Edmonds, K. (2010) Understanding the Perspectives of Online Graduate Students: Implications for Educational Leaders Calgary AB: Unpublished doctoral thesis, University of Calgary
Congratulations to Kelly Edmonds, who has recently successfully defended her EdD thesis at the University of Calgary. Kelly has kindly agreed to provide a short summary of her thesis.
The higher education field in North America is experiencing change impacted by globalization, evolving economies, emerging technologies, growing populations, and shifting student demographics. These conditions have led to calls for education that address market demands, is accessible, and incorporates technology. However, educational leaders must take into account the needs of an expanding and diverse student population. Therefore, the intent of this study was to explore effective leadership practices for managing online learning programs in mainstream universities. Input for this study was gained from online graduate students who provided feedback on online programs, resources, services, instruction, and instructional design. They also shared how they learned best online along with descriptions of needed support. More specifically, this study examined the characteristics, motivations, and perceptions of graduate students who were enrolled in an online academic program in a graduate division in a faculty of education at a Western Canadian university.
The conceptual framework used in this study drew on the notion that online learners in mainstream higher education institutions are not the same as traditional face-to-face students in terms of characteristics, motivations, and learning needs. As such, the assumptions made for this study were that online graduate students:
- Have distinguishing characteristics from traditional learners
- Possess specific motivations to engage in online learning, and
- Due to the online learning environment, have unique needs
This doctoral study, undertaken by Kelly Edmonds during 2008 and 2009, examined 163 graduate students enrolled in online academic programs at a western Canadian university. Through the use of mixed research methods, and drawing on survey, focus group, and interview data, findings revealed the diverse views and needs of participants.
On average, participants were middle aged, female, and married. They were North American and lived in an urban or rural setting. It was over seven years since they were in a formal degree program, and they had taken more than four fully online courses. Their technical and information literacy skills were adequate enough to manage online learning. Overall, participants were very busy adults in high-end careers, with some managing online learning in their workplace. They had full lives with many life and work responsibilities that put demands on their time. Considering their demands, they still managed an average of 20 hours per week for work in each course, and their time was split between online and offline tasks. They worked online at home after dinner most nights, and on the weekend. They were self-disciplined.
Participants felt they could attain a higher degree and could adapt to new environments, such as with online learning. Logistically, they were concerned about the program’s cost and credibility. Personally, they were uncertain if they could learn online, or feared they lacked the necessary technical skills. Participants’ learning styles varied from active and socially inclined to reflective and independent. As adult learners, they needed some accommodations. For instance, they needed more choice in learning activities. Participants shared their perceptions of online learning, as well, and spoke about their need for support from faculty and staff members. They also spoke about their need for an engaging online learning environment, instructor, and activities, and asked for an online community and rich communication. Participants repeatedly asked for online learning to be designed well, and that it consider the nature of the online environment and distant learner. Overall, participants were busy and self-directed adults who wanted structured courses and programs as well as timely and available materials. They were ready to learn and needed the right environment to do so.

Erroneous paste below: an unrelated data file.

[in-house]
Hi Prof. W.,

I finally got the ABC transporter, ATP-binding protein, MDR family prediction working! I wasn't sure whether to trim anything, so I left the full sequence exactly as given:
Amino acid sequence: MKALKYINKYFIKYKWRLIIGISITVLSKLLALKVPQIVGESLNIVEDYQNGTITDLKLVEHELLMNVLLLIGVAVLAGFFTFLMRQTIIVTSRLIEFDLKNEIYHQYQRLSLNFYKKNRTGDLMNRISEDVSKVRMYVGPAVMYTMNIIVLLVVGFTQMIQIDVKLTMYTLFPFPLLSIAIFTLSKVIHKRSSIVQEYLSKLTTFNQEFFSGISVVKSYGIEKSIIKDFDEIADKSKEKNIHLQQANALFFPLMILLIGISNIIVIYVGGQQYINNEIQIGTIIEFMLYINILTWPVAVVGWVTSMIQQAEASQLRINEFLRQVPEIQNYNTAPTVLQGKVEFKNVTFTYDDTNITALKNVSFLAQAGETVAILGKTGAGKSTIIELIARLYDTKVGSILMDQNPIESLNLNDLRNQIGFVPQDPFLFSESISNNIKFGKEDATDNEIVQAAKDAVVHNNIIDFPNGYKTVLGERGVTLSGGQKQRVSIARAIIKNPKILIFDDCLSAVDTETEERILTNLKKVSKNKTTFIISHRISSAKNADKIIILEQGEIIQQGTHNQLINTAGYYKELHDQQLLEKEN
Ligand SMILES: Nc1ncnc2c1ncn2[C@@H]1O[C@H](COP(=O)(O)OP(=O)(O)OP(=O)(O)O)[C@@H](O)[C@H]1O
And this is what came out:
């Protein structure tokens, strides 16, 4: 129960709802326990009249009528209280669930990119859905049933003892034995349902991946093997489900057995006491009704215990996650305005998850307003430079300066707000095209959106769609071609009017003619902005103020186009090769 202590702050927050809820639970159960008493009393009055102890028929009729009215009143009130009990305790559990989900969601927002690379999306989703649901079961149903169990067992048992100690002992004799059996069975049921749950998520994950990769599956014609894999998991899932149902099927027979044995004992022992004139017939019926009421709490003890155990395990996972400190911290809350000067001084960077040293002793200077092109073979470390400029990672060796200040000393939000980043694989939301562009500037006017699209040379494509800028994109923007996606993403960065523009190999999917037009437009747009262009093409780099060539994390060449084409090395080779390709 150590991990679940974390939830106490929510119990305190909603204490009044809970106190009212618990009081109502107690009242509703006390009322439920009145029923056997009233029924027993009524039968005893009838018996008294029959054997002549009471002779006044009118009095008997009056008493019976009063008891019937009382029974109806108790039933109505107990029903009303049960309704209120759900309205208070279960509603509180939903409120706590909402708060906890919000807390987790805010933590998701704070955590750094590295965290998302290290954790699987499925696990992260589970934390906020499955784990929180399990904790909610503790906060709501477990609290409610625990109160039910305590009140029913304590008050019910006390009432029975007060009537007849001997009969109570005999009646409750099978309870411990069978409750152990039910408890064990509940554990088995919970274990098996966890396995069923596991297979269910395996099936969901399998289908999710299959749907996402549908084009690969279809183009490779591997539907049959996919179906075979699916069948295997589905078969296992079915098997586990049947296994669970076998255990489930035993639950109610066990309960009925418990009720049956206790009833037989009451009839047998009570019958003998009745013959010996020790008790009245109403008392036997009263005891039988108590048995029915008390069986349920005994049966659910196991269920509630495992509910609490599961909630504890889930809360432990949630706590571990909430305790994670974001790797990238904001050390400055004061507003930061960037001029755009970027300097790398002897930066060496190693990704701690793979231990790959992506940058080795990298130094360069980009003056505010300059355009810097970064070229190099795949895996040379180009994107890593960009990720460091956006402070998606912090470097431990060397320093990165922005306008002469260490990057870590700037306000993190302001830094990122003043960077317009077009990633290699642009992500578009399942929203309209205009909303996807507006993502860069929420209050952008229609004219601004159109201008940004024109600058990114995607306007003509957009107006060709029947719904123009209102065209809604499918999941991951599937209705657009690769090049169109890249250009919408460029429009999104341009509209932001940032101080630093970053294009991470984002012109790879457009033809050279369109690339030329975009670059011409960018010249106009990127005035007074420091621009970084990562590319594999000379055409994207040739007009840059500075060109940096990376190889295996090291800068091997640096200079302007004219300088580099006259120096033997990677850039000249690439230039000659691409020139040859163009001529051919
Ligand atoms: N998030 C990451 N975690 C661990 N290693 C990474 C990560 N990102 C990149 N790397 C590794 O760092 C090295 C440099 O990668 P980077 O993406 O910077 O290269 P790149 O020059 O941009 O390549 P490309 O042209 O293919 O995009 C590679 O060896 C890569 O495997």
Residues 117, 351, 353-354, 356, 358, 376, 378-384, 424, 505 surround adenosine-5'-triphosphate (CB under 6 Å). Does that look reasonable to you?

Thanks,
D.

As a context for discussing implications, leadership issues and concerns were addressed when considering the needs and perceptions of participants. For instance, program issues addressed included the credibility and costs of online programs. As well, faculty presence, readiness, and technology levels to work in online environments were raised as an issue by participants. They also mentioned online student services as an area of concern, such as providing program information, developing students’ technology and information literacy skills, and offering various online communities. An added issue was the instructional design of online learning environments. This entailed a discussion about defining institutional specific online pedagogy, offering blended learning opportunities, assessing student learning styles, avoiding contentious learning activities (such as the overwhelming number of online postings and group work), and using course design teams. From this discussion leadership recommendations were offered, such as conducting or considering research on effective ways to deliver learning and services online. Suggestions for effectively planning, implementing, and delivering online learning were given, as well as marketing online programs. Additionally, developing good human relationships in online learning was recommended, such as working effectively with faculty and ensuring students had quality online experiences.